Books+Media

Dancing with the Wind

by Sail Staff, Posted November 23, 2008
Billed as a “why-to” rather than a “how-to,” Dancing with the Wind immerses you in the beauty and passion of sailing. With an original score, composed and played by the captain himself, and without a single spoken word, this DVD tells the story of an exciting weekend cruise aboard Ed Verner’s Wind Ketcher. From a soothing twilight anchorage to an invigorating sandwich-overboard
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Books+Media

Sail Vicarious

by Sail Staff, Posted November 23, 2008
An amateur film by amateur sailors, Sail Vicarious is a how-to for would-be cruisers. Learn with them as they research, buy, and refit their new boat in this first of a DVD series that will follow Spencer and Kathleen’s circumnavigation. Though fairly basic, Sail Vicarious is thorough and straightforward—a good resource for beginners. Boat walk-throughs help present boating
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Books+Media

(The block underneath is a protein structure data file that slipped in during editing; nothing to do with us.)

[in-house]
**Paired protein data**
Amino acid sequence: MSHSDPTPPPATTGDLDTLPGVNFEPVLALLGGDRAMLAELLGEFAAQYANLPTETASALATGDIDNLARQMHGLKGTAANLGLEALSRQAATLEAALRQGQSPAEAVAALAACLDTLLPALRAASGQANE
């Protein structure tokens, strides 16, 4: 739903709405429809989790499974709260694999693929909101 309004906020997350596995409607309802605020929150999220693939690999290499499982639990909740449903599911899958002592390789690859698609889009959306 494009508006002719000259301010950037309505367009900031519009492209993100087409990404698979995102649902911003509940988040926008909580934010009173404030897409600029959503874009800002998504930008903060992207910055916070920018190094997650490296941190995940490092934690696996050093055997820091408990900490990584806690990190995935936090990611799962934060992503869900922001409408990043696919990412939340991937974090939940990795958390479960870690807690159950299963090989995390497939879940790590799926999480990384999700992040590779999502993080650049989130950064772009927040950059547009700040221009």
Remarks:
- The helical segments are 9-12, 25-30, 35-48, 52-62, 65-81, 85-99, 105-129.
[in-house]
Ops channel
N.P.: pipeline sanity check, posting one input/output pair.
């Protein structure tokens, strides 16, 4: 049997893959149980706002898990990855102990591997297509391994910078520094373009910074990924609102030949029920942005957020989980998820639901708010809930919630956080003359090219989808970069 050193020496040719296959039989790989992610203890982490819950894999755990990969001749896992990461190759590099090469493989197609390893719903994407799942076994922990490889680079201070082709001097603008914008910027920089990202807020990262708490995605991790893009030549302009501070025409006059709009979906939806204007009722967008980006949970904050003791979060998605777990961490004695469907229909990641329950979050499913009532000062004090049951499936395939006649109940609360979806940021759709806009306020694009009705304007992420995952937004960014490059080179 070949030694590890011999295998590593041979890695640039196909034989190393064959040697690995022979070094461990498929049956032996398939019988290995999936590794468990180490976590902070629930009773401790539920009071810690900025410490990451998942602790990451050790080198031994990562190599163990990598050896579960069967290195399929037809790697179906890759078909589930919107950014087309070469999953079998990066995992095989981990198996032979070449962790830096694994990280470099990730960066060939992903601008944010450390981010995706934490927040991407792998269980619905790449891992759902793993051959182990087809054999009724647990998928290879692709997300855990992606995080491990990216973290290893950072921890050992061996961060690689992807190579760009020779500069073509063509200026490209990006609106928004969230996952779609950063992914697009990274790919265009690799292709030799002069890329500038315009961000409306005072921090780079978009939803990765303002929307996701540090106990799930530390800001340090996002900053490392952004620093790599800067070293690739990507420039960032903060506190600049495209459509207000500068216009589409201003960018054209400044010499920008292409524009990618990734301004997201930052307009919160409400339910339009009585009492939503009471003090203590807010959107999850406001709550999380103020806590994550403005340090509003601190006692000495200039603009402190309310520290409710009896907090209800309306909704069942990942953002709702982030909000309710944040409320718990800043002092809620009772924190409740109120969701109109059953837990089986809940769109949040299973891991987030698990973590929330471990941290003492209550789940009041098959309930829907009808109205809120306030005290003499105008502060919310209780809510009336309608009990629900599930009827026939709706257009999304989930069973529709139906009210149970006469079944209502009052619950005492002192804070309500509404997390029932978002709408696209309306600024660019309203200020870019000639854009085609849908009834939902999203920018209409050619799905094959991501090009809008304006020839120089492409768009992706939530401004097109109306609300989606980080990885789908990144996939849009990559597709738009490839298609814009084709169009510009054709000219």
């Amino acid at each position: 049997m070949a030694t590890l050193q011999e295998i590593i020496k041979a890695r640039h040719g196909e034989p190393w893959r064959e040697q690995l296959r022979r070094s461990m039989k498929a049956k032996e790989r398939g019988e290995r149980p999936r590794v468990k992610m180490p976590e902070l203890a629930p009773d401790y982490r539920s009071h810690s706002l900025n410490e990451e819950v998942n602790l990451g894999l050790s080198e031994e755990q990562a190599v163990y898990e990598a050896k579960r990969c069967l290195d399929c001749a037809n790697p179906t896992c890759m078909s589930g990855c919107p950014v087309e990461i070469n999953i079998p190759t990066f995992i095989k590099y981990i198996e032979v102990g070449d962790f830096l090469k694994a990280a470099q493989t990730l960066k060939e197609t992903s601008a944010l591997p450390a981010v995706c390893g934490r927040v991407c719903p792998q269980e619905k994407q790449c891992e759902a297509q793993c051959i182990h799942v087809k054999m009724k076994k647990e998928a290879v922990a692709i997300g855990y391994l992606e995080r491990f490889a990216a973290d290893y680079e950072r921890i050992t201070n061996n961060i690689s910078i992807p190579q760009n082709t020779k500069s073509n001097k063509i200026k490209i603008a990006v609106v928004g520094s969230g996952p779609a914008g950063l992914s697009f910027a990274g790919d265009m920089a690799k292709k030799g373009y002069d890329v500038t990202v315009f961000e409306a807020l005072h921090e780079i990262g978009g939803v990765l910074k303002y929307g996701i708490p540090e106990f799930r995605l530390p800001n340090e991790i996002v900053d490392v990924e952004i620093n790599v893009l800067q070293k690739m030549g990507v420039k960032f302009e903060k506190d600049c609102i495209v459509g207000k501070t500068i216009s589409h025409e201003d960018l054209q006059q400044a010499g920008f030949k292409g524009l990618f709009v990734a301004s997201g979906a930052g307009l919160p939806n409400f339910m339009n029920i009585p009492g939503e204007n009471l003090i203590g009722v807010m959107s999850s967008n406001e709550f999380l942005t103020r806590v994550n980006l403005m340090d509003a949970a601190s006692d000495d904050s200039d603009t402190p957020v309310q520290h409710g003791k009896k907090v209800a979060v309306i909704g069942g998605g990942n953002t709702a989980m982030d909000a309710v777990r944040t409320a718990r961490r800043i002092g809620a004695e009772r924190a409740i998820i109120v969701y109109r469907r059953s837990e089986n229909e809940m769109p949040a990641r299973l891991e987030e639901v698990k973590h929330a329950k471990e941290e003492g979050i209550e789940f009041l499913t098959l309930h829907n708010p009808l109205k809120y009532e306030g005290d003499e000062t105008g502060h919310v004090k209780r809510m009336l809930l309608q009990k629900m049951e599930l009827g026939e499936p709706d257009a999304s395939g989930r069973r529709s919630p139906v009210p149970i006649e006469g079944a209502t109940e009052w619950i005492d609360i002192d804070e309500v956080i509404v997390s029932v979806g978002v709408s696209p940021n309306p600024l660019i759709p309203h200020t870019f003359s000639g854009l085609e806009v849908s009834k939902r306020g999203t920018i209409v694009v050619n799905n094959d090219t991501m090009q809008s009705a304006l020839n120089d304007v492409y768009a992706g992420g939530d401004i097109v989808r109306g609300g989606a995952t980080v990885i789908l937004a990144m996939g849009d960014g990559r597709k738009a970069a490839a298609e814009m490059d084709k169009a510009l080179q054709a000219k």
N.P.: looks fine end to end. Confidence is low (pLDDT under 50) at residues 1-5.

Distant Shores: Cruising the Middle East

by Sail Staff, Posted November 23, 2008
Distant Shores: Cruising the Middle East, a sailing documentary produced by Paul and Sheryl Shard, allows you to enjoy the discovery of new places and cultures from the comfort of your own couch. This three-disk DVD set includes thirteen 30-minute episodes of their sailing-adventure TV series and contains some excellent sailing footage; the focus is on exotic destinations rather than
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Cruising Tips

Personal Bests

by Wally Moran, Posted November 21, 2008
Ask any two sailors what they like most about traveling the Intracoastal Waterway and you’re unlikely to get much, if any, agreement. We can all gripe agreeably about the downsides of the Ditch—long turns at the wheel, shoaling, brutal currents, inconsiderate boaters—but rarely, if ever, do you hear the upsides of one of the most fascinating water routes in America.

Do we snowbirds ever


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Boatworks

All Ground Up

by Don Casey, Posted November 21, 2008
"I am repairing an older 19-foot daysailer that has a slow but persistent drip from the bottom of the keel; the drip comes from an area about 6 inches square. The ballast is 400 pounds of iron, encapsulated in the fiberglass shell that is part of the outer hull. When I ground down the laminate, I could see that some of it had delaminated.

I ground the surface as smooth as possible and


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Facnor's flat deck furler on a J/111

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